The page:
The results of this study, which was carried out in collaboration with colleagues based in Durham University in the U.K., the Rotman Research Institute at the Baycrest Hospital in Toronto, and World Access for the Blind, a not-for-profit organization based in California, appeared this week in the journal Neuropsychologia. In keeping with the previous research from this group, the researchers found that areas in Kish’s brain that were activated by the echoes corresponded to visual areas in the sighted brain.
But what has senior author and BMI Director Mel Goodale most excited about the new findings is that the particular areas in Kish’s brain that extract echo-based information about object shape are located in exactly the same brain regions that are activated by visual shape cues in the sighted brain.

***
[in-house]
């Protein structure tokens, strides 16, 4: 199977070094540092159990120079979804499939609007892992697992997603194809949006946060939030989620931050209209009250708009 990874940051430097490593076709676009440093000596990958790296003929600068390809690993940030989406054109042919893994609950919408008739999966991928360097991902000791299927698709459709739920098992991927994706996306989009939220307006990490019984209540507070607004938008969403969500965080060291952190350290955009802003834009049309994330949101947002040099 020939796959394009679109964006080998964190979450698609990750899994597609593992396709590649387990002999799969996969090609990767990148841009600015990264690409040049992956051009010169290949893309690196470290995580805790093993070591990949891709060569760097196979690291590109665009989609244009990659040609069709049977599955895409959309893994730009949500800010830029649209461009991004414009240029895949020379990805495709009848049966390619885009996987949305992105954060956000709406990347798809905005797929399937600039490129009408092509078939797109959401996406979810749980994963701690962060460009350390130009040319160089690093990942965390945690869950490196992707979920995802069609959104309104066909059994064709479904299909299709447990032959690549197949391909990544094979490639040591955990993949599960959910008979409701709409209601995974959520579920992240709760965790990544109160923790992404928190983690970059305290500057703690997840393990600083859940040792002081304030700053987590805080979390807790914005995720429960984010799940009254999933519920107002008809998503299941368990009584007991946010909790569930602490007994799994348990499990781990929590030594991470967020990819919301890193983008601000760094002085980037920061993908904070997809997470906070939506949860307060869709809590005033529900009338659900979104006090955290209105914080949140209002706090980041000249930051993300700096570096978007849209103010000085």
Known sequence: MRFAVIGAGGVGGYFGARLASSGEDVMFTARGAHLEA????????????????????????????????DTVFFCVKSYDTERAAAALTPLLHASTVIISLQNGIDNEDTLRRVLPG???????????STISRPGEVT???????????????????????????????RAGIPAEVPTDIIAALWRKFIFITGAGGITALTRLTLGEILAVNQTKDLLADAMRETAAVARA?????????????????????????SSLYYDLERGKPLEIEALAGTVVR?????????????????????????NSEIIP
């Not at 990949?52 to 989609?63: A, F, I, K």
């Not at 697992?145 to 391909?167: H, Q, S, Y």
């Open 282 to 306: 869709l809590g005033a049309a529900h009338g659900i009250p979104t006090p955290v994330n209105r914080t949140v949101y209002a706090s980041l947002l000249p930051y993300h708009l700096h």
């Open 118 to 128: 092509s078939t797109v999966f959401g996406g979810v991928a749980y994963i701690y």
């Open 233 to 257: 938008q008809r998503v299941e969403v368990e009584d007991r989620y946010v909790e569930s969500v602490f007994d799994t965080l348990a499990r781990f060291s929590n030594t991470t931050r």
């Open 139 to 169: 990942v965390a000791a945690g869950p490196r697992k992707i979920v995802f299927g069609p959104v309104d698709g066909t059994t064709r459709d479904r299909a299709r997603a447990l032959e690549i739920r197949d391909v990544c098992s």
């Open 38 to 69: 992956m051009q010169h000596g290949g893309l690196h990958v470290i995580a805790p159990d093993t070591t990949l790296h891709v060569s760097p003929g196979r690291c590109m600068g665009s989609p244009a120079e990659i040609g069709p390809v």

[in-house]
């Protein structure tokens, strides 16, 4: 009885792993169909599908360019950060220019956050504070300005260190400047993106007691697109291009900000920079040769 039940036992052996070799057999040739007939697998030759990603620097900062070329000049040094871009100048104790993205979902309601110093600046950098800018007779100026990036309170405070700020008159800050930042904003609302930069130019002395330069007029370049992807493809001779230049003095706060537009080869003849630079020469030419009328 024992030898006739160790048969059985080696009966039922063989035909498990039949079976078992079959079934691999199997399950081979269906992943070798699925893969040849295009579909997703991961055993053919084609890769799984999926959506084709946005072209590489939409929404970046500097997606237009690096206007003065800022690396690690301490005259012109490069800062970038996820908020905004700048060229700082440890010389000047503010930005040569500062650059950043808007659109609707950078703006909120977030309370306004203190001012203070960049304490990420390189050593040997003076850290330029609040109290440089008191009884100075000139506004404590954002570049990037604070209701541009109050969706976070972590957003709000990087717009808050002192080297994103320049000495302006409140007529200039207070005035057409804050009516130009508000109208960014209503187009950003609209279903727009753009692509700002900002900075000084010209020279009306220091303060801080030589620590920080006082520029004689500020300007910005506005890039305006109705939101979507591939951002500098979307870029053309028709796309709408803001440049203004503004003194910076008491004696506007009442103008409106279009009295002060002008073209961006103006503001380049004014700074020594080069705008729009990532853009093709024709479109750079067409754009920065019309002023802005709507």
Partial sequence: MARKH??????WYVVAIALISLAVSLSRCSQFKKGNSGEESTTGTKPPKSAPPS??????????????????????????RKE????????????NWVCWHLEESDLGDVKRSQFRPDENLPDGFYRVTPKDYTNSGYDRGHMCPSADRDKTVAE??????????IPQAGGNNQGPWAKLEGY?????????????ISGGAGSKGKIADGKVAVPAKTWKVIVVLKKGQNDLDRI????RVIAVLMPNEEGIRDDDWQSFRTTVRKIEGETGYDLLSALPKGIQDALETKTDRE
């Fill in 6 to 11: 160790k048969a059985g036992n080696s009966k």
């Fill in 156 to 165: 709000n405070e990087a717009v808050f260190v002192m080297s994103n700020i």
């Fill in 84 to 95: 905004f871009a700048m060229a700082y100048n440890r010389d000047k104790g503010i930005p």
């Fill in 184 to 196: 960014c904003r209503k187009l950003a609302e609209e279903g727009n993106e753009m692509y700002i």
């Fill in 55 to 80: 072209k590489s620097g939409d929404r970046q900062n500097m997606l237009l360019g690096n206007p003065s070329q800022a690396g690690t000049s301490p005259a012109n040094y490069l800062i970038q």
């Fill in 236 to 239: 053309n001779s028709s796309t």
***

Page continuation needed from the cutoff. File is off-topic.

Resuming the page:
“This work is shedding new light on just how plastic the human brain really is,” says Goodale.
Lead author Stephen Arnott of Baycrest’s Rotman Research Institute explains, “This study implies that the processing of echoes for object shape in the blind brain can take advantage of the brain’s predisposition to process particular object features, such as shape, in particular brain regions – even though the sensory system conveying that information is very different.”
Kish lost both his eyes to cancer when he was only one-year old and taught himself to echolocate when he was a toddler. Interestingly, two other blind individuals who learned to echolocate much later in life do not show nearly the same level of brain activation in these ‘visual’ object areas as Kish.
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